Facing the Ministry of Justice’s decision that the remaining houses in Taipei’s Huaguang Community (華光社區) would be demolished within three days starting yesterday, nearly 200 residents and activists yesterday marched in the capital to protest the forced removal of Huaguang residents, while calling for “living justice.”
After setting up a simple altar with fruit on it and a wooden sign that reads: “living justice” on a corner of the old community — which they said represented a parting ceremony for the community and the death of justice — the activists bowed their heads in tribute before heading off on their march.
Dozens of young activists carried wooden doors, window frames, ladders and other furniture on their shoulders as they joined the protest march.
“We will use our bodies to show the government that what they are relentlessly tearing down are people’s homes,” a representative of the group said. “The [then-Chinese Nationalist Party (KMT)] government tacitly agreed for people to build homes in the community after the Nationalist government retreated to Taiwan in 1949. The government also did not impose residential planning controls during the periods of migration from rural to urban areas in the 1970s, and allowed more people to move into the area, but now it wants to erase its mistakes through violent demolitions.”
Holding a portrait of his deceased mother at the protest, a 60-year-old man surnamed Chen (陳) said his mother, Cheng Yi-mei (鄭依妹), had bought a house in the community with money she made working as a domestic servant for more than 40 years. However, five years ago, aged 87, she was faced with a “cold-blooded and cruel government” that threatened to fine her for benefiting from “illegal occupation” of government land if she did not move.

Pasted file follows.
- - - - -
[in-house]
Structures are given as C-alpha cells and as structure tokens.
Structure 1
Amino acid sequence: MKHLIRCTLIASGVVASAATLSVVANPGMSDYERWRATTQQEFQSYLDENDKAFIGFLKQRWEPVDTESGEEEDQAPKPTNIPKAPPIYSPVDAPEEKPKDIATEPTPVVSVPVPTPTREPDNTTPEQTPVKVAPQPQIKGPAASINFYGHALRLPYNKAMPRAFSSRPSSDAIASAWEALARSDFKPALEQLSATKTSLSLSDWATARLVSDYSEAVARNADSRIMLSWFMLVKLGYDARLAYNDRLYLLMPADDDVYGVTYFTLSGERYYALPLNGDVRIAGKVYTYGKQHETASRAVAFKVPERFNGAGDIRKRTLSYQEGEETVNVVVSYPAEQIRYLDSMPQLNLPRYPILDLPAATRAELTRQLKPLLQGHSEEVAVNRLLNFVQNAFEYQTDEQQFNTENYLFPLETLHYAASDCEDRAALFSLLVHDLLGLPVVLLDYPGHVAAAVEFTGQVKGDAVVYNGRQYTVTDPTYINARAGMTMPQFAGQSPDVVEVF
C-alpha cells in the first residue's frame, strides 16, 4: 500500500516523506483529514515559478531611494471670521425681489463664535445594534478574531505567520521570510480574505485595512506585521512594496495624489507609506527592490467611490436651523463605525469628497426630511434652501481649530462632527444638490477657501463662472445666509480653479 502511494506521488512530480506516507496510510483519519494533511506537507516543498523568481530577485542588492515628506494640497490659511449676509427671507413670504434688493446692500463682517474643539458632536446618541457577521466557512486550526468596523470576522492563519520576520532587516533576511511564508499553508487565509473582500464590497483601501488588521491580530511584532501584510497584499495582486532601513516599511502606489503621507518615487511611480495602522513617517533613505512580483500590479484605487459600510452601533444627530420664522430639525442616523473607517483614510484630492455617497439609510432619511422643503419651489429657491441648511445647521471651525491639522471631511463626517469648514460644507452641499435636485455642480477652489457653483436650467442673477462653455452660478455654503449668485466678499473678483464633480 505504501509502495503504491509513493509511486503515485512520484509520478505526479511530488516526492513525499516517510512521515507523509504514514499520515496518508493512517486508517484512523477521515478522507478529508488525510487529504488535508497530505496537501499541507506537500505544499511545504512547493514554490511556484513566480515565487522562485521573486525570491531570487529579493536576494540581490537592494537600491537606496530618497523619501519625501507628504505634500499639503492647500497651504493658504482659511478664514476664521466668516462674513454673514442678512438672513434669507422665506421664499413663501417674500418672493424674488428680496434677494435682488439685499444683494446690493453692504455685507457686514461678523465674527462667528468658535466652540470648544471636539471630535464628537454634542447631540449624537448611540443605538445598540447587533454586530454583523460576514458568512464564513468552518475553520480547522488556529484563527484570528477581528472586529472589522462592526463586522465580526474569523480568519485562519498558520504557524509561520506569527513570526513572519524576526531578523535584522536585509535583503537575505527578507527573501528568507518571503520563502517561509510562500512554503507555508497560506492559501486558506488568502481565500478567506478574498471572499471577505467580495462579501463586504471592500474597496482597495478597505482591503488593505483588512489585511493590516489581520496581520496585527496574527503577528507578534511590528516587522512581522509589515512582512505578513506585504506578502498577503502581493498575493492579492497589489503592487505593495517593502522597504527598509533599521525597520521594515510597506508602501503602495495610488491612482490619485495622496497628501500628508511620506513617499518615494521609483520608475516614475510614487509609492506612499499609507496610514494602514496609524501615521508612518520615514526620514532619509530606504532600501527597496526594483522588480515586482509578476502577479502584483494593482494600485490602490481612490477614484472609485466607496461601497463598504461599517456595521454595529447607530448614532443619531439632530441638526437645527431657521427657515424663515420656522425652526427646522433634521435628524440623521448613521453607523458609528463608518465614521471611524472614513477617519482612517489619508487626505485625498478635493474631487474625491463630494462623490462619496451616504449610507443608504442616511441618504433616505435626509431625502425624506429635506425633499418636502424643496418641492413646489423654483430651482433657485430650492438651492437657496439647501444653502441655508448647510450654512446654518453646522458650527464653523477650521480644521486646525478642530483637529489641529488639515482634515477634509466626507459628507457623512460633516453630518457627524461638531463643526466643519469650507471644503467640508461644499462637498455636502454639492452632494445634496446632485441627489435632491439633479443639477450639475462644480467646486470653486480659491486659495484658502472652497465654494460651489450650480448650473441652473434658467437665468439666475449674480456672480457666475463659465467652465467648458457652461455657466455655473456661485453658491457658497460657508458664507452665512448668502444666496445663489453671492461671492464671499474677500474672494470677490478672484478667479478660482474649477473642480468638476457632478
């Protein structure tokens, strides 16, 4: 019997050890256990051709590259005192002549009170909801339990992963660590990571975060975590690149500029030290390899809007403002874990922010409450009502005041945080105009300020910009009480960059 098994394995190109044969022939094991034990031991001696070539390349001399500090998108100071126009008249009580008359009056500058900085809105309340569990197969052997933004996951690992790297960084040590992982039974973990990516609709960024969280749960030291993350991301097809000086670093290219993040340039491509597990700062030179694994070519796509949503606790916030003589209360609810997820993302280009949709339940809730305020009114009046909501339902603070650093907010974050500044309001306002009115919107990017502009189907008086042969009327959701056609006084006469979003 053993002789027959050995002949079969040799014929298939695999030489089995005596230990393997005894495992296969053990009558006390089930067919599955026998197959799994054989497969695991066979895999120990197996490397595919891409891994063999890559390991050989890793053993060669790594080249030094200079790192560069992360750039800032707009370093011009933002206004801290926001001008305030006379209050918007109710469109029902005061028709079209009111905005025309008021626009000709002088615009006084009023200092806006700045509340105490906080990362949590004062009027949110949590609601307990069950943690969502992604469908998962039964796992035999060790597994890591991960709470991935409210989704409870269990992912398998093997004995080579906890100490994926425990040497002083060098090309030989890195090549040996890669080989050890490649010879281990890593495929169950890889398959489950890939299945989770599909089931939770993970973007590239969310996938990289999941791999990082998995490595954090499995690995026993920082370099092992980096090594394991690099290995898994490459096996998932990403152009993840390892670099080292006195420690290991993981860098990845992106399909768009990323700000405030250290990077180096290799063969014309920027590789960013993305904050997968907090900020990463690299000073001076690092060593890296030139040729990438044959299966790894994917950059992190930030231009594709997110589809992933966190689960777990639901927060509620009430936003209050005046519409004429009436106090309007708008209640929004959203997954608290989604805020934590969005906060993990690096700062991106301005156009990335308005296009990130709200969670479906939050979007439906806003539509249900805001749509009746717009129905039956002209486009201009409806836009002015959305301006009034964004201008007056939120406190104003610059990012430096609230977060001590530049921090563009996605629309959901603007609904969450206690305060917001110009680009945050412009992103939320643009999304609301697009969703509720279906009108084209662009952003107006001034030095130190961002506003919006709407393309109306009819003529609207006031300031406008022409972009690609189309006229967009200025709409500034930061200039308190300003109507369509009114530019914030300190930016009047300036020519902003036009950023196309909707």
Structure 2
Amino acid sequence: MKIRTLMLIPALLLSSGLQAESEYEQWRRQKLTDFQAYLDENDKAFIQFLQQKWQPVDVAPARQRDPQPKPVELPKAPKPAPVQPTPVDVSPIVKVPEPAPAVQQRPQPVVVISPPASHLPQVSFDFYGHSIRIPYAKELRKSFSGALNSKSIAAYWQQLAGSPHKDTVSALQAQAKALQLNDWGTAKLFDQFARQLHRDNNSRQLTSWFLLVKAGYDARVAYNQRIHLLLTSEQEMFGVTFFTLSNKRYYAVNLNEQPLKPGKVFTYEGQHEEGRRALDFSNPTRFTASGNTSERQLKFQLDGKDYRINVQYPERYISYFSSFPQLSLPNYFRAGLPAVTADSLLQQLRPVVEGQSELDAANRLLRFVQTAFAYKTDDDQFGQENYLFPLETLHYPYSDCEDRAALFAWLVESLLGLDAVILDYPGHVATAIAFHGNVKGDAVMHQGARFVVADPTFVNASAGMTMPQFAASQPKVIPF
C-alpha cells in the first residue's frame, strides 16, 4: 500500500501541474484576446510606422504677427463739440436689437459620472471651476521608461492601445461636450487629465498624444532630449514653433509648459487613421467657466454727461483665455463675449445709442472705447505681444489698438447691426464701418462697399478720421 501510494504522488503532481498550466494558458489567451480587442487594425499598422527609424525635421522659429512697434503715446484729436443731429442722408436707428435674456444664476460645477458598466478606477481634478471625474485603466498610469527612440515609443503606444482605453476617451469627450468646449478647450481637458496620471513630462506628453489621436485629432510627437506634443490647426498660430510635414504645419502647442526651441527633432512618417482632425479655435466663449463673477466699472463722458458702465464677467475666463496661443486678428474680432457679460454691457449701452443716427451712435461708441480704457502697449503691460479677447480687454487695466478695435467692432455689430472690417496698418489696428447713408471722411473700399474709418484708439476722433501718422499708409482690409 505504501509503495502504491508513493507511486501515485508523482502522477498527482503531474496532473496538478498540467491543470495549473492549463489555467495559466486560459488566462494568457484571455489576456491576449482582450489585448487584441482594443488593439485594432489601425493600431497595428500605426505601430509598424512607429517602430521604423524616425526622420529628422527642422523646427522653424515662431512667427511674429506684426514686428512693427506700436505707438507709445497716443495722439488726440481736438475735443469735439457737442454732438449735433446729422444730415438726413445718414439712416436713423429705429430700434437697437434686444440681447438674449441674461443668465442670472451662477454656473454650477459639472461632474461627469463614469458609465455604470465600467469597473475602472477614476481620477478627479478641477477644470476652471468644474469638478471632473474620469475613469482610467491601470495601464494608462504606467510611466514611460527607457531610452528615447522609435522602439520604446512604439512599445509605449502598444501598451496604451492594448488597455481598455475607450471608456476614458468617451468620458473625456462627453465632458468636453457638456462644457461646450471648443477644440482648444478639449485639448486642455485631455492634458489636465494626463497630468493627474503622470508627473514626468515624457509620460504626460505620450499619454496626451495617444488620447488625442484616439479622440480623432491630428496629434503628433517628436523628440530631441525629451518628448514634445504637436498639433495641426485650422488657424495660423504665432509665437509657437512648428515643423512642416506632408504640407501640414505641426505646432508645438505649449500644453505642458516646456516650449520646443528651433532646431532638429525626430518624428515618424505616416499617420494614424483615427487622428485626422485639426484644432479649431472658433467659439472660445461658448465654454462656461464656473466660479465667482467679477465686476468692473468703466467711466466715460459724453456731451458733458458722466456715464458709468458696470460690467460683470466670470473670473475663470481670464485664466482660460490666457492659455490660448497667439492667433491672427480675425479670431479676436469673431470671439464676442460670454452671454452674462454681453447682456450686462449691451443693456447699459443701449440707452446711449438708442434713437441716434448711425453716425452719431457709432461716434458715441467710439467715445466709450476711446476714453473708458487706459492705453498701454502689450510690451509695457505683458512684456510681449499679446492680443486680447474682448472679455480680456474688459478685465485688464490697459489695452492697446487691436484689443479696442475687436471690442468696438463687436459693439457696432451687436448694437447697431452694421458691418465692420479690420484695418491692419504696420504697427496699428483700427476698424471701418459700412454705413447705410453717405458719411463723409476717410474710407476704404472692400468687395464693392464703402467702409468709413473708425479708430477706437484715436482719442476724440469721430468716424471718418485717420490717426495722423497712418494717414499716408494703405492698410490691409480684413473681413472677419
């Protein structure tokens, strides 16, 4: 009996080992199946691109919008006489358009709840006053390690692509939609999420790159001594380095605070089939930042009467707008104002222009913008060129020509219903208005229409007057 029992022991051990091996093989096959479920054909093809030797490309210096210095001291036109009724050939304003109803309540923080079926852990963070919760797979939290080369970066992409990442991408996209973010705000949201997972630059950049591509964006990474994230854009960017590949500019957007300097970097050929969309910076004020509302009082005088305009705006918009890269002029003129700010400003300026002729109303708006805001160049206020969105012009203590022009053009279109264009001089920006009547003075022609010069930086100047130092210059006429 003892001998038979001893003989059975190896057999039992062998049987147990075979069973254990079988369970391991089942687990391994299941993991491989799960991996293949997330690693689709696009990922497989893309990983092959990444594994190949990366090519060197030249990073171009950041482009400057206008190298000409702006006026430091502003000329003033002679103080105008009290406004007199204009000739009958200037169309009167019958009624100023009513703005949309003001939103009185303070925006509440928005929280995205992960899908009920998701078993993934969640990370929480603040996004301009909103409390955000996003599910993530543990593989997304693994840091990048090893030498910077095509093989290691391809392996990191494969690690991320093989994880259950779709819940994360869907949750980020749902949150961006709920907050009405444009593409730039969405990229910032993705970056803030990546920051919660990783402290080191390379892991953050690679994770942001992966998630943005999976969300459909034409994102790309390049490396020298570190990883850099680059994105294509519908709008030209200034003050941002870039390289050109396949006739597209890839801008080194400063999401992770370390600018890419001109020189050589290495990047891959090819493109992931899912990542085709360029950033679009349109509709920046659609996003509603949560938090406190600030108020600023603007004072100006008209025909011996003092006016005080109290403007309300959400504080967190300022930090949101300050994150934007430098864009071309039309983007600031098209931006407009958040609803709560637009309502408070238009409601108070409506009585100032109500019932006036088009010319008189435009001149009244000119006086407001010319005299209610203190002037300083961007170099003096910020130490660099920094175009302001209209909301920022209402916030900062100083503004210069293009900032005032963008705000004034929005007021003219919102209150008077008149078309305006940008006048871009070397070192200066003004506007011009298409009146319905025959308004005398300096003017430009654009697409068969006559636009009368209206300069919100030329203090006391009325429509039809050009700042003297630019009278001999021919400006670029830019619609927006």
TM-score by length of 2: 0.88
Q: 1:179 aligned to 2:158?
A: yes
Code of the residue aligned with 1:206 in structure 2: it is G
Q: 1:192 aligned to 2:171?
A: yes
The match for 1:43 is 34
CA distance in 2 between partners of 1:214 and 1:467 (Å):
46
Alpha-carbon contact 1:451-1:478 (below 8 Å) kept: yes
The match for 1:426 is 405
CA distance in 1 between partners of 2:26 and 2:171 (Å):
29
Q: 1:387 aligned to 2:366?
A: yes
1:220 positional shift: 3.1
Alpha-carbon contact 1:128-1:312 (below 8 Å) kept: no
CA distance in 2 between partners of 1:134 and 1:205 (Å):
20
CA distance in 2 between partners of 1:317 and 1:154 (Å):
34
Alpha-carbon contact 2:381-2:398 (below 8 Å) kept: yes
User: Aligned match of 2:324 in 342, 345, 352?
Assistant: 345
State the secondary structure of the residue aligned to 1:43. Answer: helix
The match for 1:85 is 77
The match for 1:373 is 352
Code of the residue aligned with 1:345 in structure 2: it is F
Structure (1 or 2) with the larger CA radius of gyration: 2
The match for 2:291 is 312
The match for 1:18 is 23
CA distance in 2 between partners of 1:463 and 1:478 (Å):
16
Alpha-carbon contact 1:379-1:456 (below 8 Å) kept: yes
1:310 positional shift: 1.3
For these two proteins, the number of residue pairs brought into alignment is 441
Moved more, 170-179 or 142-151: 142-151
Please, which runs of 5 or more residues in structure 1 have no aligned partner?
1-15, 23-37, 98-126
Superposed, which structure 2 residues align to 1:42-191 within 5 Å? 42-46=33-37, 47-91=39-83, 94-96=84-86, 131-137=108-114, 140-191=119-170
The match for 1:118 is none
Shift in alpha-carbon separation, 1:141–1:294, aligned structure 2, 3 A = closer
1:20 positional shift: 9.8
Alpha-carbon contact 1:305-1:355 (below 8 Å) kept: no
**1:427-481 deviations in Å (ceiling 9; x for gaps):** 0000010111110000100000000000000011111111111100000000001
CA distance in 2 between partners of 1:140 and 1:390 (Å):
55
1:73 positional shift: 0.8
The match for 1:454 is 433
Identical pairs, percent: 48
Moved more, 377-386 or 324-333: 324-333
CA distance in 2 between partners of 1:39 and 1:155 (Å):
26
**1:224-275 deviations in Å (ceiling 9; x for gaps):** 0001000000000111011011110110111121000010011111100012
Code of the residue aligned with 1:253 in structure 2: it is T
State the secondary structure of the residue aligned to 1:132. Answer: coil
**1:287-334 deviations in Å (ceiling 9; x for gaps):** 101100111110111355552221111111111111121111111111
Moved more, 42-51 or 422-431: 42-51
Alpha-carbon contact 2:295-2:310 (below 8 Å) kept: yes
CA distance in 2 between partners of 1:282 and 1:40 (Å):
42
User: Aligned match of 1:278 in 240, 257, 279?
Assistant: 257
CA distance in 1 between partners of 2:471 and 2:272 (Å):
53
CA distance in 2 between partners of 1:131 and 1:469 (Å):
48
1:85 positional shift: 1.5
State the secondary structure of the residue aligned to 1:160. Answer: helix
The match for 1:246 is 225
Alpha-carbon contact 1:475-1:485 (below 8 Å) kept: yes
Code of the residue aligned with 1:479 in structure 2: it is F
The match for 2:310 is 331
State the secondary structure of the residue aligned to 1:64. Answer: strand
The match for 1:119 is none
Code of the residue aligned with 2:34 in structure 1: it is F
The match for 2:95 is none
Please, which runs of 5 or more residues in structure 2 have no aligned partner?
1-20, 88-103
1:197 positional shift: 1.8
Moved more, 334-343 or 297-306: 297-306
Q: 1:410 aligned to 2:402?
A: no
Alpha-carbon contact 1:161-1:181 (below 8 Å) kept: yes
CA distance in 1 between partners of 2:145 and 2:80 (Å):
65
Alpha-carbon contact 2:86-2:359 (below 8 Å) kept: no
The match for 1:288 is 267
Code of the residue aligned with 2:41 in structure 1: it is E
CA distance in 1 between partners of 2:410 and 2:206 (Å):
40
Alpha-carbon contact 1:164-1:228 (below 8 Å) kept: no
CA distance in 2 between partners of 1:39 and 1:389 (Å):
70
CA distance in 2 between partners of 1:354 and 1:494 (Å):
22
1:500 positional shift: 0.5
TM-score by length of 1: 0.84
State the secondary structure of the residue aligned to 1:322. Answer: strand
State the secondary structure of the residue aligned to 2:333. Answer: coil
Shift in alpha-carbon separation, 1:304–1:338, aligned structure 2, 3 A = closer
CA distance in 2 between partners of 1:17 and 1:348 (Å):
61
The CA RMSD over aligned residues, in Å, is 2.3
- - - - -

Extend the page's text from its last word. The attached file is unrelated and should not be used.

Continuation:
“She has done nothing to deserve being continually threatened over the past five years until her death this year... Many residents had no choice but to move because they could not cope with the heavy fines, which included interest payments of 5 percent, but I will not give in, not only for my mother, but because I can’t stand a government that treats its people like dirt,” Chen said.
Ho Hui-fen (侯惠芬), whose husband was born and raised in the community, said her parents-in-law have always abided by the law, paid their water and electricity bills, and have lived in Huaguang all their lives after they came to Taiwan, so it is unfair that they are suddenly forced to move and asked to pay a fine of more than NT$6 million (US$200,000).
Another protester, a young woman in her early 20s, said she began caring about similar controversial developments, including the Losheng (Happy Life) Sanatorium (樂生療養院) and the Wenlin Yuan (文林苑) urban renewal project, when she was a university student, and joined the movement for the rights of Huaguang residents because “the government always uses empty promises of economic development to repress underprivileged groups in society.”
In front of the Executive Yuan, activists staged three dramas, expressing that the public are hurting and bleeding as the government uses lawsuits against them; are being made homeless by land expropriations and demolitions; and are dying as the government hands down heavy fines while benefiting from offering regained land to companies for commercial use.